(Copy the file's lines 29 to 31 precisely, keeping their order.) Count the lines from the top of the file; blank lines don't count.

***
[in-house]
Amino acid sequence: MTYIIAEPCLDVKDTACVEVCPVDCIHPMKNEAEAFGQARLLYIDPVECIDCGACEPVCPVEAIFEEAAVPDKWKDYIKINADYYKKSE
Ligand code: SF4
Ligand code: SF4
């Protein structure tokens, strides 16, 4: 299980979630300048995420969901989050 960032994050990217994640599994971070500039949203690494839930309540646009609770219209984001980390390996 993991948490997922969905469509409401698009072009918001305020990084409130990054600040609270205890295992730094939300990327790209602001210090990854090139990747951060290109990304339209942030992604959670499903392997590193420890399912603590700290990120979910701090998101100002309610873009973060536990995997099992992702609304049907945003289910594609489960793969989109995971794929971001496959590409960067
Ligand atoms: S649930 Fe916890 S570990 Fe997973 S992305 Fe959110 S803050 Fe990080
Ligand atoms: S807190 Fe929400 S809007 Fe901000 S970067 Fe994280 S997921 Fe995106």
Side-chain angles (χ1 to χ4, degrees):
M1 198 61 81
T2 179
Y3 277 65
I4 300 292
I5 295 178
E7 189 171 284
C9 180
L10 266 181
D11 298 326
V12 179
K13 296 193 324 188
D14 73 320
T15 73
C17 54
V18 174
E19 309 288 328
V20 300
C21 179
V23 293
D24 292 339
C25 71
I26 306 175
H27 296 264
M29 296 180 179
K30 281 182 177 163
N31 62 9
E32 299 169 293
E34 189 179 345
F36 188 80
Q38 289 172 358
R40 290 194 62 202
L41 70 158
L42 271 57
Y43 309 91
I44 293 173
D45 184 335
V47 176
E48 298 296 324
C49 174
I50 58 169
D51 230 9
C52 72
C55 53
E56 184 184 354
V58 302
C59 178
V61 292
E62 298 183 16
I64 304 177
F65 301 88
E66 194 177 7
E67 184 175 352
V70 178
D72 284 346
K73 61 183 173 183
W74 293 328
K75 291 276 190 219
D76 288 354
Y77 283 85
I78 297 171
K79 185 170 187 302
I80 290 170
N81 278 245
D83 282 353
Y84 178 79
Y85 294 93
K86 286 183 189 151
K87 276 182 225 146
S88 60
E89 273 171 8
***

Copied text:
C25 71
I26 306 175
H27 296 264